Temperature plays a significant role in any building in the comfort of its occupants. It…
Even though your new home was listed as “move-in ready,” you’re going to want to identify and address priority service issues right away. The home inspection confirms that the home is structurally sound and that the appliances work, but even well-built homes offer plenty of opportunities to make energy-efficiency improvements. Here are a few easy steps that you can take to assess your home HVAC system’s energy efficiency.
Seal Up Drafts and Air Leaks
Your first goal as you walk through the home is to locate and seal up any drafts. It’s easy enough to notice a blast of cold air in the home during the winter months, but you might need to do a little more investigating during other times of the year. If you discover any drafts, you can use caulk or weatherstripping to tide you over until you upgrade your windows.
Check for any cracks and holes in your siding and foundation and any areas of the home where the brick and the wood meet. You should look for leaks around outlets, pipes, and baseboards inside the home and plug up or caulk any holes that you find. If the home has a fireplace, you’ll need to keep the damper closed when it’s not in use.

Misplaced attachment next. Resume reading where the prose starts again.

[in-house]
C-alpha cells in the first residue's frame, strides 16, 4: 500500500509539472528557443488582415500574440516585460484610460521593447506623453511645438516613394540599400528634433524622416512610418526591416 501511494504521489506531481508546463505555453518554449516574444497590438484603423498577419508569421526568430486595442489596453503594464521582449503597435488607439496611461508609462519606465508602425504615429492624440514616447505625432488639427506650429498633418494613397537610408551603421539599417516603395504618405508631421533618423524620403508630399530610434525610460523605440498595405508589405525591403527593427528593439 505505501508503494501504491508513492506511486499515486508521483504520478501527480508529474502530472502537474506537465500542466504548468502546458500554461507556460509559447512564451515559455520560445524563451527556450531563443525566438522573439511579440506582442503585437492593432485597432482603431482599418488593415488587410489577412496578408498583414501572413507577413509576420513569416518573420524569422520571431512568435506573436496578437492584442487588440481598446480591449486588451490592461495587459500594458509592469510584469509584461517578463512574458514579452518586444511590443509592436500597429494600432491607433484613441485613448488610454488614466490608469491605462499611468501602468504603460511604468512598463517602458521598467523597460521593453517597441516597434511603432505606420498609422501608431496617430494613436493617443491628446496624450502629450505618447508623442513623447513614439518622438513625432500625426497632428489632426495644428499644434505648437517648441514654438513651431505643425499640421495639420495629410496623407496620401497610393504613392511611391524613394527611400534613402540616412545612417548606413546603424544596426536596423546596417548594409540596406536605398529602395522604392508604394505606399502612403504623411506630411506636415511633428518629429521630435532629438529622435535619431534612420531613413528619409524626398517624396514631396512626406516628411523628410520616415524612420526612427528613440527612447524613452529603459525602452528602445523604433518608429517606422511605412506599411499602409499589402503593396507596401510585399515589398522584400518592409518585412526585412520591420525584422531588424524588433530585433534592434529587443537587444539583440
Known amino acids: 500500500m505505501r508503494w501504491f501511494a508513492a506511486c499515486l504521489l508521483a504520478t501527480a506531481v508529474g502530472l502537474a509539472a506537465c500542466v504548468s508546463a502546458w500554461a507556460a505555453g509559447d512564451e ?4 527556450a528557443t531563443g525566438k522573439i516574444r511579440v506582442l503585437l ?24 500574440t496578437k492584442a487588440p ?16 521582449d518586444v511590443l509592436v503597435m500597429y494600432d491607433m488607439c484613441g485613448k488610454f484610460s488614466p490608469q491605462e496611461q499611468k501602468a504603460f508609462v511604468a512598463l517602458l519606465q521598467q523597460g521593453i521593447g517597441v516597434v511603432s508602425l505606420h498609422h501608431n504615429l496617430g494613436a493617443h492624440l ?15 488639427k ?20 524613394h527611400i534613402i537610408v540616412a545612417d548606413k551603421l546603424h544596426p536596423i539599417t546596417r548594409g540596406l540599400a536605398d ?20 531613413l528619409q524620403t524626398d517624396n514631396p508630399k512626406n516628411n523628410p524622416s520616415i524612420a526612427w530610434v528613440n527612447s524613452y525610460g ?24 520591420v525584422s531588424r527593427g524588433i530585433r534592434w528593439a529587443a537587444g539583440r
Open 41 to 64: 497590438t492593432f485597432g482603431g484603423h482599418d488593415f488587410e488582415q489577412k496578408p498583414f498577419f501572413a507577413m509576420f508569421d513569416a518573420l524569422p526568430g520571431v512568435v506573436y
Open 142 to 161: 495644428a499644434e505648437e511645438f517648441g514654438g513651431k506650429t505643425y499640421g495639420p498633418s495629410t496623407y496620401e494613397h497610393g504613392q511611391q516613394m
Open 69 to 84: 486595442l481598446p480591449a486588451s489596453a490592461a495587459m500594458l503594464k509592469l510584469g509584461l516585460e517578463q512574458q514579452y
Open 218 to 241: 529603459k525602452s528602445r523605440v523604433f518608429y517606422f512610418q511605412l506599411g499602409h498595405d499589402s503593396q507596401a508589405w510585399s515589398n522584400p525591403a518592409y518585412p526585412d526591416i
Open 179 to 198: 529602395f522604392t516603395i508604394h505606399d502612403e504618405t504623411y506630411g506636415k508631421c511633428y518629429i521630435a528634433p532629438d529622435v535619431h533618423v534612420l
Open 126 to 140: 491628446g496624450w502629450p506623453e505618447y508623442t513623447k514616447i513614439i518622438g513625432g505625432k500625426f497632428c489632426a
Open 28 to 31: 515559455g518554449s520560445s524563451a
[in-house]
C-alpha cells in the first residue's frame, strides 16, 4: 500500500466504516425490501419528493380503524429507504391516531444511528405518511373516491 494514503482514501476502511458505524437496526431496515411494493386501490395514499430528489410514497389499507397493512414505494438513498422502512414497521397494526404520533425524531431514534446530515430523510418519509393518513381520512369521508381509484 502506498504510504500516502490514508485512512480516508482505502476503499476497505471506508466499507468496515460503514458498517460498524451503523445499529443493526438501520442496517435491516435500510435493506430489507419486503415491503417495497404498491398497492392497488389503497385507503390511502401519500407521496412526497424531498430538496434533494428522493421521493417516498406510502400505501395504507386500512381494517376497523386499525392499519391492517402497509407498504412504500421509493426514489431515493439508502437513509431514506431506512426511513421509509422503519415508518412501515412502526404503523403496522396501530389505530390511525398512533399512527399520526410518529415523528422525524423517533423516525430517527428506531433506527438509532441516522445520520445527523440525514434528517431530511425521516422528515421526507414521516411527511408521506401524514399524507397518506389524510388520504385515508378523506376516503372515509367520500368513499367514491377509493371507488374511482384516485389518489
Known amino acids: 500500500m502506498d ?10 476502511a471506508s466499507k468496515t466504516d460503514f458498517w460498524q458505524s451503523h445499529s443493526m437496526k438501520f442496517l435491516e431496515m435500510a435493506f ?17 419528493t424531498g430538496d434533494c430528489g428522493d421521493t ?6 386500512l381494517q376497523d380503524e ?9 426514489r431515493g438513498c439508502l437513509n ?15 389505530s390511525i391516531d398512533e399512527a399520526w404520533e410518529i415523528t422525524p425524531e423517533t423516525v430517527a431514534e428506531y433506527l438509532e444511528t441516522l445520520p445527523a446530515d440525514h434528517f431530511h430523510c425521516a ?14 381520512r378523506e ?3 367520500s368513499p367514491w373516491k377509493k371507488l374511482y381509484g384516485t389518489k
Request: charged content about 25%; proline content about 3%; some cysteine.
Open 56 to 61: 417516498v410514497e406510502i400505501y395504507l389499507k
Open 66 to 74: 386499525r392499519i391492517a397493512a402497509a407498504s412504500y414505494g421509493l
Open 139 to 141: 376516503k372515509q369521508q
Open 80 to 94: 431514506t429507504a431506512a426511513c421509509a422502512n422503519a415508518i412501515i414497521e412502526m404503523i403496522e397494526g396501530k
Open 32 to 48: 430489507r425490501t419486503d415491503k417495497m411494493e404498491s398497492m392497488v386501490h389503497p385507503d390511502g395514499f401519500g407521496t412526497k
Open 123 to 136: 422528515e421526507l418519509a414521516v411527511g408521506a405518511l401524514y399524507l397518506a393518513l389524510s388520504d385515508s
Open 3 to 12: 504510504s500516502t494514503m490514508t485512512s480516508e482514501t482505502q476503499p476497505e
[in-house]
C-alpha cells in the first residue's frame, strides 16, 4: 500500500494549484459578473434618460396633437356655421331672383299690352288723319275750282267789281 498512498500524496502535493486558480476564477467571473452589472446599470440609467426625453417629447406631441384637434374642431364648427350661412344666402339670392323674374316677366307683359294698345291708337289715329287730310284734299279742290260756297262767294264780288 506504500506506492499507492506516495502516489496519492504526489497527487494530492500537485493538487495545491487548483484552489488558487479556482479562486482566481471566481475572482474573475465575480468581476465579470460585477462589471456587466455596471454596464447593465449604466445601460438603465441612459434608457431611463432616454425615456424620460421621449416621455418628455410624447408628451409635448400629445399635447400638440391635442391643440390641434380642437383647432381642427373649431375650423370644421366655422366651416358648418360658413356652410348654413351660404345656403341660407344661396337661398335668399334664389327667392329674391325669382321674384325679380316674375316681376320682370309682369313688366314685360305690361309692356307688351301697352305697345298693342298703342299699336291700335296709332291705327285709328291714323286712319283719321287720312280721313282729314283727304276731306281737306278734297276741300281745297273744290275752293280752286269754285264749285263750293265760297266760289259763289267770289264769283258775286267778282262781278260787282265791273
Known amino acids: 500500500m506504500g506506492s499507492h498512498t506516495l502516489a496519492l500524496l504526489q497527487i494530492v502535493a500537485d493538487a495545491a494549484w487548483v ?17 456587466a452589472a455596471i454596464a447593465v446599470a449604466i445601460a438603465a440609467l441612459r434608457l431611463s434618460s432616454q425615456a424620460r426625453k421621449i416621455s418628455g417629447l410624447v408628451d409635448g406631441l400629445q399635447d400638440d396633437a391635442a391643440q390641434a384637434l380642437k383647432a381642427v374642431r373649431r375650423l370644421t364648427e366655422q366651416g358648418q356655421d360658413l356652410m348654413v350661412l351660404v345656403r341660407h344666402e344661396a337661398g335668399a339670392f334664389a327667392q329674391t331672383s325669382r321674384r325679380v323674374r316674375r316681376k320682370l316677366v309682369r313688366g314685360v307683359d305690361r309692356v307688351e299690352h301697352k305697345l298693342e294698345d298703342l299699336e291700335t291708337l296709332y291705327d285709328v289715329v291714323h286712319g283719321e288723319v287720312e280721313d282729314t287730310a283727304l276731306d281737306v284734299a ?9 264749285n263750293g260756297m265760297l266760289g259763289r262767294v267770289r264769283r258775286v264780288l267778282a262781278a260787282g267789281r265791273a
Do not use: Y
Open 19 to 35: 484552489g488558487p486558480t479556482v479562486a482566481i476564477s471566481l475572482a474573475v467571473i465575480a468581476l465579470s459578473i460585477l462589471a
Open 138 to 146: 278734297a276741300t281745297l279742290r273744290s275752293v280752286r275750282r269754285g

Inspect Your Ventilation
If the home has a fireplace or gas appliances, it’s very important to keep the home properly ventilated. Exhaust fans can create backdrafts, and those backdrafts can draw combustion byproducts back into the living space and create elevated carbon monoxide (CO) levels. CO detectors need to be located on every floor in the home close to bedrooms, and they need to be replaced every five to seven years.
Fireplaces and gas appliances are not designed to be serviced by homeowners, and you’ll need to schedule professional service if you suspect you have any ventilation problems. If you see burn marks or soot near your gas appliances or exhaust vents, schedule a service call to your utility company or a professional ventilation contractor right away. If you ever see visible smoke inside the home, exit the home immediately and call 911.
Inspect Your Attic Insulation